Sales Tax for Online Purchases: Supreme Court Divided 

You know that feeling of joy and satisfaction you experience when you save on sales tax on an online purchase? That may soon change.

South Dakota v. Wayfair (No. 17-494), a case heard by the Supreme Court on Tuesday, has the Justices divided on the outcome. In this case, the court is considering whether to overrule Quill Corp v. North Dakota, a 1992 decision that effectively prohibited out-of-state retailers that do not have a physical presence in the state to collect tax on sales to state residents.

The South Dakota Attorney General Marty Jackley argued that states are losing massive sales tax revenue, estimated to be tens of billions of dollars, that are needed for important expenditures like infrastructure, education and healthcare. Furthermore, smaller, brick-and-mortar businesses are being harmed by out-of-state companies that have have an unfair price advantage. He argued that the Quill decision does not make sense in our digital era, where online shopping hit $360 billion in 2016. According to Jackley, the burdens previously identified during the Quill decision have since been solved by newly developed software.

The lawyer for the three internet retailers in this case, Wayfair, and Newegg, argued that a ruling that overturns Quill would impose a massive burden on small online sellers. Navigating each individual state’s tax laws would be very challenging for online retailers, especially small businesses and sellers on sites like eBay and Etsy. The respondents in the case believe that this decision should be resolved in the legislature, not the Supreme Court.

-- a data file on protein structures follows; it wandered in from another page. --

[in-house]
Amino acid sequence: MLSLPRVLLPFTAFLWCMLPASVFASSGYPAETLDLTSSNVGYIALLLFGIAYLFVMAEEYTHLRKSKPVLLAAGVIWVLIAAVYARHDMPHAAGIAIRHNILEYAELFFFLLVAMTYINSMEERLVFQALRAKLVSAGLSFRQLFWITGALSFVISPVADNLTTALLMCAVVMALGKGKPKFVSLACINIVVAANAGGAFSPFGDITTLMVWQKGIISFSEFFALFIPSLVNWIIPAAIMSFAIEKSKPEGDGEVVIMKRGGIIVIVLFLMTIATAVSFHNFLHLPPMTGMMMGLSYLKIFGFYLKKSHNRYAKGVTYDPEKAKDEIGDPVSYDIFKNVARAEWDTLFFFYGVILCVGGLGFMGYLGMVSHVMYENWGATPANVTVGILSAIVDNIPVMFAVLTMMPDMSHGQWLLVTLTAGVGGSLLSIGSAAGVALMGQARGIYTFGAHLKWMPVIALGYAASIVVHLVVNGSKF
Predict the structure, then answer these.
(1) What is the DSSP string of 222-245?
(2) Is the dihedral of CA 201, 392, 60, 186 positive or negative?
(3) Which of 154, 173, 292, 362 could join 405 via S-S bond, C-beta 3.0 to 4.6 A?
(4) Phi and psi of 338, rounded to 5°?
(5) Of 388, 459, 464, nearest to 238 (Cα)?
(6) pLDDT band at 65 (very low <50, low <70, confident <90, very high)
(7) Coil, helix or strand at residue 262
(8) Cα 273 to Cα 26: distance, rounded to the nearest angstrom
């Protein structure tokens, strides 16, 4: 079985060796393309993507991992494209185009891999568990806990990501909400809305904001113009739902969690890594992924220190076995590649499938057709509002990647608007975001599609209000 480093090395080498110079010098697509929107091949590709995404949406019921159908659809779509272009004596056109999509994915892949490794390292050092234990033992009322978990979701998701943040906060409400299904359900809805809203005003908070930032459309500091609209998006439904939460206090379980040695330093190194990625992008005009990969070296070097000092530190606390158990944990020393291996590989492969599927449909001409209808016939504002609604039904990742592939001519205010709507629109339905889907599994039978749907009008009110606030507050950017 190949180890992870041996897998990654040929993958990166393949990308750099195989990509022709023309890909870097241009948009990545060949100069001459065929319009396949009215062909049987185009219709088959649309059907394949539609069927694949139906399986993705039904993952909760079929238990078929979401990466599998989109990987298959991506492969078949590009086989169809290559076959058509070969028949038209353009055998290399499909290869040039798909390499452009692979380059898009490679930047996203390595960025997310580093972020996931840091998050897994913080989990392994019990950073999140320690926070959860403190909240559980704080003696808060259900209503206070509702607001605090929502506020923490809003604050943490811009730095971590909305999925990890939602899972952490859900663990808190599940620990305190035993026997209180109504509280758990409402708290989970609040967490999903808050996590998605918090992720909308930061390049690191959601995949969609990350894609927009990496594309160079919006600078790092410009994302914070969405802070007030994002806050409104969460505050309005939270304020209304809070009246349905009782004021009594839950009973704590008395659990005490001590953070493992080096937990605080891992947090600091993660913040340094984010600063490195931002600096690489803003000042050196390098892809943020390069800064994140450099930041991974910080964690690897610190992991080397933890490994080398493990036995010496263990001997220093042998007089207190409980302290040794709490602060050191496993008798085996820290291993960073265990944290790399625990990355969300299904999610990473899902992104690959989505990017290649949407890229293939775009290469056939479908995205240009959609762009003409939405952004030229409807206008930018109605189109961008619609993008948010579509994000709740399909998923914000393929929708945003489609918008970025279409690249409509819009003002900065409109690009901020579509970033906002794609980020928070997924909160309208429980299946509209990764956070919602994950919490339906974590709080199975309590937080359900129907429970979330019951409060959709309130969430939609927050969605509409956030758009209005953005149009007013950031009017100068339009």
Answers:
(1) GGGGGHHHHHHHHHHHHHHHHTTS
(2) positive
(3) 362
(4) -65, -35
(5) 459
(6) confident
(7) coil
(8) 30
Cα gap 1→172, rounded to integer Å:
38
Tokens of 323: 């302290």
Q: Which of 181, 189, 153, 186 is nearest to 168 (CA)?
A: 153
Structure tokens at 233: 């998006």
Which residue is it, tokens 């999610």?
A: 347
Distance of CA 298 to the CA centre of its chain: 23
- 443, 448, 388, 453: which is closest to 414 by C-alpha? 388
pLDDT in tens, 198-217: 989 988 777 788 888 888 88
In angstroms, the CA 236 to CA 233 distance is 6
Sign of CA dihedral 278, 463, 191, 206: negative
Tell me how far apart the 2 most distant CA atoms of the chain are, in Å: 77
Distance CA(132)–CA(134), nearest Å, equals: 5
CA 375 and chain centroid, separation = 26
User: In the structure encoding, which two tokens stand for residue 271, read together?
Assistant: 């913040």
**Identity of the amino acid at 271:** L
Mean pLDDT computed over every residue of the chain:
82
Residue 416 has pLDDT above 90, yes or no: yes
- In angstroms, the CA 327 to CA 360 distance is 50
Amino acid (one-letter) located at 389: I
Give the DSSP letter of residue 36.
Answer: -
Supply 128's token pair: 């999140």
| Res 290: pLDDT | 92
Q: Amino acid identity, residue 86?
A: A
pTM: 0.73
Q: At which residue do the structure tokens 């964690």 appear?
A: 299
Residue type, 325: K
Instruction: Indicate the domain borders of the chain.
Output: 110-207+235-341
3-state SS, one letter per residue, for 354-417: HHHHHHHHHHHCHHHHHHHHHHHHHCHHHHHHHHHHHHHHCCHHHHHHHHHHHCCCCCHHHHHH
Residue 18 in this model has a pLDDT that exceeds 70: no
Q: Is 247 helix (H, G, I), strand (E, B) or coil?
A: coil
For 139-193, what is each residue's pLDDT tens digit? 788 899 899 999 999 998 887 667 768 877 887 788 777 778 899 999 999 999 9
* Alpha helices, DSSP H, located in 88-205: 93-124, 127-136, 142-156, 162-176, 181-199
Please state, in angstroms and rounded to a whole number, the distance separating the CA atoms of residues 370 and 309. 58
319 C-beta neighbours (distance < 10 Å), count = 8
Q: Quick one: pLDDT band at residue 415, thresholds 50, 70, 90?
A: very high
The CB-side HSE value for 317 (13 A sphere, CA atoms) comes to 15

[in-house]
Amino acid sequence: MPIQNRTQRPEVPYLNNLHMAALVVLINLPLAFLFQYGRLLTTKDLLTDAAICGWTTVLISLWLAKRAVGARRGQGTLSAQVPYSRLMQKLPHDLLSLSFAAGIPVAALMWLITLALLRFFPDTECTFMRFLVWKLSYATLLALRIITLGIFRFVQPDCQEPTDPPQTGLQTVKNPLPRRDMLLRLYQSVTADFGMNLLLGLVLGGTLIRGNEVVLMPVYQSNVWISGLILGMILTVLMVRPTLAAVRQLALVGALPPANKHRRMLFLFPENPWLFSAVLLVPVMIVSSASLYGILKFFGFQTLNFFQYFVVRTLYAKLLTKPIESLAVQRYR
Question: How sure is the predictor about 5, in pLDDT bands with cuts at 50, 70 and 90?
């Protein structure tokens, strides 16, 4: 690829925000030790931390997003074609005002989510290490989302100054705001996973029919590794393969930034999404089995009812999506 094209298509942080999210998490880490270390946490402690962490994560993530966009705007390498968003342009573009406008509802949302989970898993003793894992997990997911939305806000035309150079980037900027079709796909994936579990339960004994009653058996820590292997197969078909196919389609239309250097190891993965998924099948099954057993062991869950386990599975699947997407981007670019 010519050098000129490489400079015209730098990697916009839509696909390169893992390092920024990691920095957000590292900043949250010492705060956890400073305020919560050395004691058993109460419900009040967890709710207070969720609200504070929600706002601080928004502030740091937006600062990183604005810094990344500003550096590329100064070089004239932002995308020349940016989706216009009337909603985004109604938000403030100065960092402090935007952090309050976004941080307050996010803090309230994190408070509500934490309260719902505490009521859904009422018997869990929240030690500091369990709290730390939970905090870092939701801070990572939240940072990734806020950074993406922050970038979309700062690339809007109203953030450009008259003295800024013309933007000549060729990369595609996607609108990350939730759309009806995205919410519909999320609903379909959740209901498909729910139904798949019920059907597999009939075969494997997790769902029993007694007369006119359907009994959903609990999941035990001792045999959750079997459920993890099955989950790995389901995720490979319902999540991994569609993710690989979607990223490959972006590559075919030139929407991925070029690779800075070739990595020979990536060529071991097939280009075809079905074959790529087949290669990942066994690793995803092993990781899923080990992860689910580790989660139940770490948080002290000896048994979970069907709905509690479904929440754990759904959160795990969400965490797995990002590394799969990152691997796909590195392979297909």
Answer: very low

Currently, big online companies like Amazon and Walmart already charge their customers sales tax for online purchases that are made directly from the company, rather than third-party sellers. But small sellers with no physical location don’t have to charge sales tax outside of their own state, which is why small online boutiques and independent sellers don’t charge their customers sales tax. Compelling the small sellers to charge sales tax in different states places a heavy burden on them to navigate unfamiliar tax codes, without the help of accountants.

On the other hand, brick-and-mortar stores are suffering a decline in in-store sales and many are frustrated by what’s known in the retail world as “showrooming.” This is when a customer visits a store to see a product in person, and subsequently purchases it for a lower price online. They want fair competition with all sellers, including online retailers.

A decision by the Supreme Court is expected in late June so stay tuned. We’ll keep you up to date on any major changes for consumers.

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